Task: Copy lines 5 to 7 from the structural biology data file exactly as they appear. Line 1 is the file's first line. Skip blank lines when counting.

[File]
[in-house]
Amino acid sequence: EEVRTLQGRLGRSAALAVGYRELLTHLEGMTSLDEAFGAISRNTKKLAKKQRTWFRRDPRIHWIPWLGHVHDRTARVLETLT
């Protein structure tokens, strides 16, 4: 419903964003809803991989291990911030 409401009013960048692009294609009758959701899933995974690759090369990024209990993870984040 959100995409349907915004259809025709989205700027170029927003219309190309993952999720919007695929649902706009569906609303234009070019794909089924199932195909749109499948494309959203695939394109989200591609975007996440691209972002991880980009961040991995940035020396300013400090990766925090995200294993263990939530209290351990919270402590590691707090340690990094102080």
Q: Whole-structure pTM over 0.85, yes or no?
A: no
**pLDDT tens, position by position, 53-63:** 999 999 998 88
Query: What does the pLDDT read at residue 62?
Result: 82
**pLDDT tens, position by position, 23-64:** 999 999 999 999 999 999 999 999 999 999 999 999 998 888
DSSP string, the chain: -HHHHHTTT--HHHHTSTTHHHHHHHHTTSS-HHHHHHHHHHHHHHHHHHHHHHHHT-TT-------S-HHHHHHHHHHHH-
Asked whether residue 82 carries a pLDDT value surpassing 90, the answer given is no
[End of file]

A: no
**pLDDT tens, position by position, 53-63:** 999 999 998 88
Query: What does the pLDDT read at residue 62?